"A Tale Of Two Mills" Part 1 - Green's Mill, Sneinton
w/e 22 August 2004
All this week's pictures were taken with a Kodak DX6490

Green's Mill

"It was the best of times, it was the worst of times ...." - so begins Charles Dickens' epic "A Tale of Two Cities" and if I were writing a novel instead of a simple web page I would no doubt want something equally memorable but all I could come up with was this: "Oft were heard the cries of 'You can see the windmill from here' as we traversed the footbridge between the multi-storey car park and the Broadmarsh Shopping Centre in Nottingham's city centre but we still had not set foot beneath the sails... " The structure in question is Green's Mill at Sneinton.

The web site devoted to the mill states "There is nothing very remarkable about Green's Windmill in Nottingham. It is typical of hundreds, perhaps thousands, of windmills that were once a common sight in this country" but what I find remarkable is its location. Although when built at the beginning of the 19th century it stood in the village of Sneinton, the area has now been swallowed up by the conurbation of the city and I suppose it must be unique in this respect surrounded as it is, on all sides by an urban landscape (unless of course, you know different). Access to the mill is via a path lined with trees that obscure the building but before you know it, you are standing at the foot of the mill.
Science Centre

The mill was owned and operated by a Mr Green and later his son George who was to become one of the leading mathematicians and scientists of his day. He studied among other things, the behaviour of electricity and magnetism, light and sound and devised a new way of doing mathematics. Green's Theorem and Green's functions are still used today by scientists and engineers in all branches of physical sciences. Buildings in the grounds of the windmill now house an interactive Science Centre and tell the story of George Green, the miller-mathematician. The Mill and the Science Centre together form one of Nottingham's many museums.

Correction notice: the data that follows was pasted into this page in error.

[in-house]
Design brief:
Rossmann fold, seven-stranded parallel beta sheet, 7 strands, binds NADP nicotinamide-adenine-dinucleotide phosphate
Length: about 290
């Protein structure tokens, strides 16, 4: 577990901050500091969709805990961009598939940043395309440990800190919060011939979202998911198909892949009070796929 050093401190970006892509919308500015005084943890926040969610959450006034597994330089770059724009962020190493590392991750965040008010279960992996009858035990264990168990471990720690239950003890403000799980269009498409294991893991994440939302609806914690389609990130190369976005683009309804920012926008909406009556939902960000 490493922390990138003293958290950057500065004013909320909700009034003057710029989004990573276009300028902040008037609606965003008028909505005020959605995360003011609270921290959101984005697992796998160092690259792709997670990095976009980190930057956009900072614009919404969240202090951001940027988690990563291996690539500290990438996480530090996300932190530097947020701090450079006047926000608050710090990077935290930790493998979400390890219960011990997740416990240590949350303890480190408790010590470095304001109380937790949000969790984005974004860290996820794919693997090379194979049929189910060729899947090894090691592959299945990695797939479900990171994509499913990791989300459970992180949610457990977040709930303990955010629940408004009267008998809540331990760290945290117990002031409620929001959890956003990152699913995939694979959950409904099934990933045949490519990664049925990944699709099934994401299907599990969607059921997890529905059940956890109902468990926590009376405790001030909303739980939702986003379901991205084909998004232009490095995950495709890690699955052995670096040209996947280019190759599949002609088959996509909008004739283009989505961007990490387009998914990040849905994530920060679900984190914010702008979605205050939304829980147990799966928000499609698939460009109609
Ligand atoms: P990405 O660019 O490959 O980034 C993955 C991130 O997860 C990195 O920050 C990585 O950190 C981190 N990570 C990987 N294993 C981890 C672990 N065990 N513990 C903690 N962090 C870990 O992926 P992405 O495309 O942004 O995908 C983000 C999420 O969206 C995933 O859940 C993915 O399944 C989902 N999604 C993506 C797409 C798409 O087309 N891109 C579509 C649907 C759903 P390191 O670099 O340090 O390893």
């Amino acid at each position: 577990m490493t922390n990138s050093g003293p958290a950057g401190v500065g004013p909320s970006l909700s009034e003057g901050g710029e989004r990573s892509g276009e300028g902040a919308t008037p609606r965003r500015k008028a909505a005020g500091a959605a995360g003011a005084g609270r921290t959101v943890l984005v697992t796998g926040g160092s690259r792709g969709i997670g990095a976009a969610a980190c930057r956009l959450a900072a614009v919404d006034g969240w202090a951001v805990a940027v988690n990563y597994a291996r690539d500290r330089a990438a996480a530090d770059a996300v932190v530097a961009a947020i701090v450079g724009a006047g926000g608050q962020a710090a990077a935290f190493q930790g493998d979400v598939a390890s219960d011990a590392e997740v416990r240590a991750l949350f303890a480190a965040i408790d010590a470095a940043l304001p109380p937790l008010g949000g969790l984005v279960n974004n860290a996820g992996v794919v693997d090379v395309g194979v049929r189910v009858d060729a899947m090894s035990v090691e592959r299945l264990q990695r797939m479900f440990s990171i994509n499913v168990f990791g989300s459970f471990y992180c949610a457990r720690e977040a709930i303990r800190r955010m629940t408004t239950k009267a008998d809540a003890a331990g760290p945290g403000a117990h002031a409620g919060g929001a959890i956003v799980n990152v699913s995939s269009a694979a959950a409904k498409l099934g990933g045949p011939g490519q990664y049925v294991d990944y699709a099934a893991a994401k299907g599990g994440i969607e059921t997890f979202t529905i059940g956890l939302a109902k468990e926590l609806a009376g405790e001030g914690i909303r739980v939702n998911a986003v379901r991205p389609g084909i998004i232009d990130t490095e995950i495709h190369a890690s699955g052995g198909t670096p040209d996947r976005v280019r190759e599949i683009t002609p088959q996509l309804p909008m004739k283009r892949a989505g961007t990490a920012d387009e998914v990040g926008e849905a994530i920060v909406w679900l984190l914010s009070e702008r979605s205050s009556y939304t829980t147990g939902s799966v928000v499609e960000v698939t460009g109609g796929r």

Inside The Mill

George Green died in 1841 but the mill was still operational until the 1860s when it was abandoned and allowed to fall into ruin. About one hundred and twenty years later (1986) after extensive restoration work, flour was once again produced at the mill. Boards on each floor of the mill are very informative and explain the milling process from start to finish and visitors can often see the machinery in action.
View Over Sneinton

From the upper levels of the five storey mill, there are some fine views - this one over Sneinton towards Colwick Wood and the National Water Sports Centre at Holme Pierrepont beyond.
Nottingham Castle

Oh and by the way, looking the other way "You can see Nottingham Castle from here" - but that's another tale; outlaws, merry men and a lad called Robin. I wonder what Dickens - and George Green -made of that. I have only scraped the surface of the story of Green's Mill here and would recommend a visit to the official web site to learn more of George Green and the history of the mill - click here to open a new window.

Part 2 of "A Tale Of Two Mills" looks at another windmill in an entirely different setting - Heage Windmill.

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